Parkinson’s in the news: January

Global update

Author: Saskia MairPublished: 30 January 2020

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We roundup the Parkinson’s stories that made global headlines this January – from Sky Sports presenter Dave Clark discussing his experience of diagnosis to a clinical trial on how a compound found in cannabis can reduce anxiety-related Parkinson’s tremors


How not to tell someone they have Parkinson’s

Dave Clark, a presenter for Sky Sports, appeared on the BBC Ouch podcast to discuss his experience managing Parkinson’s. In conversation with journalist Harry Low, Clark spoke about his “horrible” diagnosis and compared his father’s struggle with the disease to his own.

He also shared how Parkinson’s has affected his work: “Every month it throws another problem your way. At the moment I’m all right, my meds are working, my hands are working fine, but some days I can hardly walk […] But somehow when I present the darts the symptoms disappear, the adrenaline kicks in and I do it.”

The broadcaster was enthusiastic about the support he’s received on social media since publicly revealing his diagnosis and said he hoped that his “positive attitude” would inspire other people.

Trial finds CBD reduces anxiety-related tremors in Parkinson’s

A study conducted by scientists in Brazil has found that doses of cannabidiol (CBD), a compound in cannabis, can reduce tremors caused by anxiety in people with Parkinson’s.

As part of the trial, 24 participants were given either 300mg of CBD or a placebo before completing a ‘Simulated Public Speaking Test’ – an examination used in clinical settings to induce anxiety.

The team found that patients who had taken CBD had a reduced amplitude of tremors, as well as decreased anxiety.

Daiene de Morais Fabricio, co-author of the study, said: “Our study was the first to demonstrate the anxiolytic effects of CBD in PD patients and its ability to attenuate tremor amplitude in anxiogenic situations.”

Adaptive clothing with graphic prints designed to ease Parkinson’s disease

A graduate of the London College of Fashion, UK, has created a collection designed to improve mobility in people living with Parkinson’s. Monika Dugar’s final-year collection, Reset, was inspired by her father’s Parkinson’s diagnosis.

The designs use dynamic prints with optical illusions to mimic the effect of movement and act as a visual cue.

Discussing inclusivity in fashion, Dugar said: “The paradigm is currently shifting and fashion, which bore a stigma of disfigurement, is becoming more inclusive.

“With the consumption increase and marketing industry focusing on dispelling the stereotype for ageing, the current scenario for adaptive clothing is at the storming and norming stage.”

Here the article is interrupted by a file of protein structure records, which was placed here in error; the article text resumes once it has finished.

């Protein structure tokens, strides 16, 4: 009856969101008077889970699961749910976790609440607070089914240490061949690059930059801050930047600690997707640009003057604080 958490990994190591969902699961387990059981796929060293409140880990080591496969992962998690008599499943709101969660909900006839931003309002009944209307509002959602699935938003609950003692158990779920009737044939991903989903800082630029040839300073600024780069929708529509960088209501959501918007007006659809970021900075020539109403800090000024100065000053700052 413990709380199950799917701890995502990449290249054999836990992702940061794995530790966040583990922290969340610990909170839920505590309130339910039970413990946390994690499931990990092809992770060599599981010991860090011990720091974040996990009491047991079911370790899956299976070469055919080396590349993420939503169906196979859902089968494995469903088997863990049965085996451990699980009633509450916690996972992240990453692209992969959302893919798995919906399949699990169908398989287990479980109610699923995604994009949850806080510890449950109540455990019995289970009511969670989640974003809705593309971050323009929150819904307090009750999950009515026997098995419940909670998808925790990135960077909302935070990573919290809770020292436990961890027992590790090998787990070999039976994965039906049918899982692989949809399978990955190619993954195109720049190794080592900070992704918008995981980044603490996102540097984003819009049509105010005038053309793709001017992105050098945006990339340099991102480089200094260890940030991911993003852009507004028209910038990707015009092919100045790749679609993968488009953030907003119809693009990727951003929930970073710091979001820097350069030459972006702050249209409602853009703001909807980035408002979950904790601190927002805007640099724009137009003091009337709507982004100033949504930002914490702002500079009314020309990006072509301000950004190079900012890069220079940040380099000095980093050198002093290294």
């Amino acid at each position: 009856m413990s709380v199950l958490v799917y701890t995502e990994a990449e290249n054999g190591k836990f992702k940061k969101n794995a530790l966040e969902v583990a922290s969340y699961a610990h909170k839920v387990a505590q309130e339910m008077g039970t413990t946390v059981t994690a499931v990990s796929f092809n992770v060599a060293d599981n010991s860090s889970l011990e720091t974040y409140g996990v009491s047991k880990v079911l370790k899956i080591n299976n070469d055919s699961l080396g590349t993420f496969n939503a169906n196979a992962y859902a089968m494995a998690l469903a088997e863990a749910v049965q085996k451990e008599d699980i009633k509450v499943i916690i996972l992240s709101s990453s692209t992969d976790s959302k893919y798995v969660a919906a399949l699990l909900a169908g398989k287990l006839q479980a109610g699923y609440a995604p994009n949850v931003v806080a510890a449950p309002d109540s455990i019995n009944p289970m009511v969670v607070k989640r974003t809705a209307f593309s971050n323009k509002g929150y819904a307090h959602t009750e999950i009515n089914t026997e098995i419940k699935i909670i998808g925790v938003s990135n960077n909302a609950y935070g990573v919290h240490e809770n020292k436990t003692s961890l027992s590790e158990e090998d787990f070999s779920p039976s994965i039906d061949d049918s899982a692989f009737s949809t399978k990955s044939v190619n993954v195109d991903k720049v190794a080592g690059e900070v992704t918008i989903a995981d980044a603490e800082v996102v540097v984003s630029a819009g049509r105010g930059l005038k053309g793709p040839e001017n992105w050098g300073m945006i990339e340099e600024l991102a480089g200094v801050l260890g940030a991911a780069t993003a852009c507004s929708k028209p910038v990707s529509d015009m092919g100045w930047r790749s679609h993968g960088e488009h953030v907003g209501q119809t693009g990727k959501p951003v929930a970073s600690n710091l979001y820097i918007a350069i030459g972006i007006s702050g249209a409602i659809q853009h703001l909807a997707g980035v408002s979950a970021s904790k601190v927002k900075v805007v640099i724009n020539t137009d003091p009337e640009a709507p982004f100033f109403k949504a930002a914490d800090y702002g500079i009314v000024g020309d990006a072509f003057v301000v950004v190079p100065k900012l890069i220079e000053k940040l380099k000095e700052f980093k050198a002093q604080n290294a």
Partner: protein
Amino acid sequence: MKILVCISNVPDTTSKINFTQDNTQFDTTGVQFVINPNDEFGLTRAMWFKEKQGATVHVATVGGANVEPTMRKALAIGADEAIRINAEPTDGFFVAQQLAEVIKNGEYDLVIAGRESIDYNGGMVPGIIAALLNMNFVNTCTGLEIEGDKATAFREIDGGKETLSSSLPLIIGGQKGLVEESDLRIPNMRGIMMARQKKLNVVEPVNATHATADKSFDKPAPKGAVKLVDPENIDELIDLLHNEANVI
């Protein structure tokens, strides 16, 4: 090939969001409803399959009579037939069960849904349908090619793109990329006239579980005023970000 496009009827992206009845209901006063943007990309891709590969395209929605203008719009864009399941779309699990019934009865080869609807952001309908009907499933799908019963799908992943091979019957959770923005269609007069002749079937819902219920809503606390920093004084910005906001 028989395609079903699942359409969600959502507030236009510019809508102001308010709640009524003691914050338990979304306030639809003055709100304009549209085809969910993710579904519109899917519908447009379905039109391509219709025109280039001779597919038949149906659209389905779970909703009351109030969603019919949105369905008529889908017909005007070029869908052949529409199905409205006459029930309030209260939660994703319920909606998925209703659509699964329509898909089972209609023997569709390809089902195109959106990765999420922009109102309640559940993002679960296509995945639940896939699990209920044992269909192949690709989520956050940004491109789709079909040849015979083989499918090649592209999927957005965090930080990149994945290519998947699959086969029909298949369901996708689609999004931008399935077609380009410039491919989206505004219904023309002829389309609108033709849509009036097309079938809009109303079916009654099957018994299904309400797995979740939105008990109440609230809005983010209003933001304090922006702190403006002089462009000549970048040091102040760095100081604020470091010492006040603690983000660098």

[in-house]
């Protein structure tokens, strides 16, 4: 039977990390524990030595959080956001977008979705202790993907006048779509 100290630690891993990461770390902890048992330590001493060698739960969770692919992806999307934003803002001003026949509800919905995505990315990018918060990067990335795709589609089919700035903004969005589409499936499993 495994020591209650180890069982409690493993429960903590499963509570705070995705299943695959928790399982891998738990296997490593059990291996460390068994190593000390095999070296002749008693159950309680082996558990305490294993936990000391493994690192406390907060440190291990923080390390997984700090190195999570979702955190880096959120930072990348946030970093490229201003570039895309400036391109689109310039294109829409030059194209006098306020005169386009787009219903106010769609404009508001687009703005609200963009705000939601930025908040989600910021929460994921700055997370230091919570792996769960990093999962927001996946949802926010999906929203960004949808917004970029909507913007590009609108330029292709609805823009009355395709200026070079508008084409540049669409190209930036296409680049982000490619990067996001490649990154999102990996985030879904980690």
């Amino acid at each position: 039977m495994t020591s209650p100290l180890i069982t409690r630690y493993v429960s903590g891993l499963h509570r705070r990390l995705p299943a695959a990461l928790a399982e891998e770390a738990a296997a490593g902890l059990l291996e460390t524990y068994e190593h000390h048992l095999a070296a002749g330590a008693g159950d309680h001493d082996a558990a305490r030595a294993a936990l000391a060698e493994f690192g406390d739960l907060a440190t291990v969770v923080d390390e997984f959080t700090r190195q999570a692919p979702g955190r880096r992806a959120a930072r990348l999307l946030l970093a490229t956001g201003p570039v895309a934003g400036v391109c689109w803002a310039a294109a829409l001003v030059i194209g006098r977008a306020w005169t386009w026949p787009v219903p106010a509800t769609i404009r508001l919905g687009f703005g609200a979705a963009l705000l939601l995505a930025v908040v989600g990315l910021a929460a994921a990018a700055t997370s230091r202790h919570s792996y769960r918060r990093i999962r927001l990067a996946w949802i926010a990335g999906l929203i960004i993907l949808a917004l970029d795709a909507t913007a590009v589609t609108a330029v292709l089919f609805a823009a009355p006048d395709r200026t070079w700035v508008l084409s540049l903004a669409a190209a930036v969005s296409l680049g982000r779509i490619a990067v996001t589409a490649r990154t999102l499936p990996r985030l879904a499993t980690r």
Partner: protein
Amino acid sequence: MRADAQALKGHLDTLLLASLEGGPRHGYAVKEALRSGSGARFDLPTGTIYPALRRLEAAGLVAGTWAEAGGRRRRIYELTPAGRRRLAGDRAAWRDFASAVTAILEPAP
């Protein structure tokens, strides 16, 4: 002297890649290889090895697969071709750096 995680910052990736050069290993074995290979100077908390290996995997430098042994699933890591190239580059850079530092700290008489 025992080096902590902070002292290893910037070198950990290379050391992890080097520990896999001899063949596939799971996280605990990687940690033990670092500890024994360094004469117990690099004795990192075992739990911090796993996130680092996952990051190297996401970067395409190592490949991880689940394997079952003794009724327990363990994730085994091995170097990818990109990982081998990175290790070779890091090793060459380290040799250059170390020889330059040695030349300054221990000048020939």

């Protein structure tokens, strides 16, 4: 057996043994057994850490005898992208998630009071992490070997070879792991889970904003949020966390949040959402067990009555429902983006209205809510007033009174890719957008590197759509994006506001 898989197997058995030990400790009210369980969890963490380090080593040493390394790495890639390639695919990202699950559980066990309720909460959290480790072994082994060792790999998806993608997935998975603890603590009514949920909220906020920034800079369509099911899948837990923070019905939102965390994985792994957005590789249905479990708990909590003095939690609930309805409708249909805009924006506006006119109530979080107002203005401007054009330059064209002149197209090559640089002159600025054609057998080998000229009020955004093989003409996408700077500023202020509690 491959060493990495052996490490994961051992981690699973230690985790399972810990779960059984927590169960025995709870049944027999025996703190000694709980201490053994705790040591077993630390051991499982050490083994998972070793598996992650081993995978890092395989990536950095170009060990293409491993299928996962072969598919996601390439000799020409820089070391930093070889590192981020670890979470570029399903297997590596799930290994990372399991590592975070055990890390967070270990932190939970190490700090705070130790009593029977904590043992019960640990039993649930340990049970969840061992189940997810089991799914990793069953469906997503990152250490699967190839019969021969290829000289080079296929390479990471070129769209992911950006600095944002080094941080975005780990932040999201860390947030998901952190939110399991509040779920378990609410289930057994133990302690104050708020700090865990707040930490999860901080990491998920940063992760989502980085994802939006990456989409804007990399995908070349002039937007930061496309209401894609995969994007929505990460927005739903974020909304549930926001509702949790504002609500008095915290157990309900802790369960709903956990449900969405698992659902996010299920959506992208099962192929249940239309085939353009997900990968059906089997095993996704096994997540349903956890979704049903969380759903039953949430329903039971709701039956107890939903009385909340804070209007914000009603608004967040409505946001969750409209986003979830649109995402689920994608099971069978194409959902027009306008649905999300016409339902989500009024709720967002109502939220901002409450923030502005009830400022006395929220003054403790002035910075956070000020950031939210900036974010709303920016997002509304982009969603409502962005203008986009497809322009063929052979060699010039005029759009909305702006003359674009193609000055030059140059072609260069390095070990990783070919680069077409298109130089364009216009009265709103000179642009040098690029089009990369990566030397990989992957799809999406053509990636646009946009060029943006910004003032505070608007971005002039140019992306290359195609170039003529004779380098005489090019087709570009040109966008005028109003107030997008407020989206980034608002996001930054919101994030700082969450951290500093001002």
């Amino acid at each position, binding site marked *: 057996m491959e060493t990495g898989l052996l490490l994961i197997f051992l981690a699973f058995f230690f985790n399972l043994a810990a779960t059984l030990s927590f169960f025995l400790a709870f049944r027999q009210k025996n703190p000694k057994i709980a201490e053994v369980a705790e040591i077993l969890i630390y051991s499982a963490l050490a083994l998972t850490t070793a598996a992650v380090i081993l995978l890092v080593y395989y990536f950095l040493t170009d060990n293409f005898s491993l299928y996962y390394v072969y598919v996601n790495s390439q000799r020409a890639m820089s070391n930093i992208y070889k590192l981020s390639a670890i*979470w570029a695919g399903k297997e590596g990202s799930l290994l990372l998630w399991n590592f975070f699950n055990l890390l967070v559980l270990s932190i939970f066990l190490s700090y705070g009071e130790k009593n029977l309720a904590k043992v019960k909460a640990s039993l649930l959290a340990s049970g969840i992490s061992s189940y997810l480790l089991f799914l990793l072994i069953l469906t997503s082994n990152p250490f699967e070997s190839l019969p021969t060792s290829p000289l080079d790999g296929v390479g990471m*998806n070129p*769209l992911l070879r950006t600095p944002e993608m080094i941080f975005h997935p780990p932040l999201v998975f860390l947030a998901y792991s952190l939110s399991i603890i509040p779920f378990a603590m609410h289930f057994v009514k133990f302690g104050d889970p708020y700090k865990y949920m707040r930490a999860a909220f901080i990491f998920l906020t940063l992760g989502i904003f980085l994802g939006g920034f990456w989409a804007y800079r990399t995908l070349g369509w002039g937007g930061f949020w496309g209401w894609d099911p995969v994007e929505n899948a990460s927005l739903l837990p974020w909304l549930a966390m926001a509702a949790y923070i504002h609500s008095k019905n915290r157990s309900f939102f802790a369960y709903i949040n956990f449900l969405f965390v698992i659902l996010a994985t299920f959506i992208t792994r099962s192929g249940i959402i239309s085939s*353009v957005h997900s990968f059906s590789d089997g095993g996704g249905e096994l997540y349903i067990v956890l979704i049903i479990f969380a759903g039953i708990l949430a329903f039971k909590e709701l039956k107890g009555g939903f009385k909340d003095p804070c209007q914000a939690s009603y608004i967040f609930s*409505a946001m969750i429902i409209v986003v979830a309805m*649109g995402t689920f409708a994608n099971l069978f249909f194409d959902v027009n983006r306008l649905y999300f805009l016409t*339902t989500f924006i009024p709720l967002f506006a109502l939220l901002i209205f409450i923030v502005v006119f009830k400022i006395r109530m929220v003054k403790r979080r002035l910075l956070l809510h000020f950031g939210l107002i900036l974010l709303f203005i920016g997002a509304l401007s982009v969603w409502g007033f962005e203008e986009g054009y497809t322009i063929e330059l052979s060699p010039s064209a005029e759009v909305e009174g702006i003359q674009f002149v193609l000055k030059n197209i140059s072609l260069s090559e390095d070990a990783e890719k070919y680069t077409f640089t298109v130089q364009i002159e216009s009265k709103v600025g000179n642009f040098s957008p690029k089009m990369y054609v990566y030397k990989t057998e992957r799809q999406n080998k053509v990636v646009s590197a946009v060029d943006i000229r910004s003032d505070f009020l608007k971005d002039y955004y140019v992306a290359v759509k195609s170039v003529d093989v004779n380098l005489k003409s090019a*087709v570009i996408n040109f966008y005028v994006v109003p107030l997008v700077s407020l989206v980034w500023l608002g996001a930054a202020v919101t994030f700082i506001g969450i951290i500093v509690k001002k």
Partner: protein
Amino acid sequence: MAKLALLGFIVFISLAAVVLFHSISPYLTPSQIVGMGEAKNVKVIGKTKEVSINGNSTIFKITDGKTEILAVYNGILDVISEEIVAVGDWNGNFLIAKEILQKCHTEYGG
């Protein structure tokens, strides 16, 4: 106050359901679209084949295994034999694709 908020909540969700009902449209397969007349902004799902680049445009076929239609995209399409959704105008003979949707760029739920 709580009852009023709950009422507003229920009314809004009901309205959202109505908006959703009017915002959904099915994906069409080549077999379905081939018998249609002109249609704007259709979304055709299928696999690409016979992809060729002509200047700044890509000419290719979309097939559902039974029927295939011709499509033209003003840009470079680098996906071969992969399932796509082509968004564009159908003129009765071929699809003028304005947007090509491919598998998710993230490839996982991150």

Gut link to Parkinson’s sparks talk of probiotic treatment strategy

Researchers in Scotland have started to investigate how probiotics could be used to help treat and prevent Parkinson’s.

Scientists at Edinburgh and Dundee universities have engineered roundworms to produce human alpha-synuclein, a protein that clumps together and destroys dopamine-producing nerve cells in people with Parkinson’s. The roundworms were fed a range of probiotics, and researchers reported that one type, Bacillus subtilis, cleared some of these clumps in the roundworms.

Dr Beckie Port, research manager at Parkinson’s UK – which partially funded the study – said: “Studies that identify bacteria that are beneficial in Parkinson’s have the potential to not only improve symptoms but could even protect people from developing the condition in the first place.”

Patient treatment completed in phase 1/2 trial testing CDNF in Parkinson’s

A clinical study in Sweden and Finland testing the use of a protein called cerebral dopamine neurotrophic factor (CDNF) to treat Parkinson’s has completed phase 1 and 2 trials.

As part of the trial, 15 people with Parkinson’s were assigned a mid or high dose of CDNF or a placebo each month for a period of six months. The study investigators hope that CDNF will reduce motor and non-motor symptoms of the condition – and it is thought to have potential to act as a Parkinson’s disease-modifying therapy.

Pekka Simula, CEO of Herantis Pharma, said: “We are very grateful to the patients, the investigators, and the hospital staff of this clinical study. We look forward to the excellently continuing collaboration in the ongoing extension study, as well as to the near-future read-outs from the main study.”


Read more:

Parkinson’s in the news: December

Parkinson’s in the news: November

 

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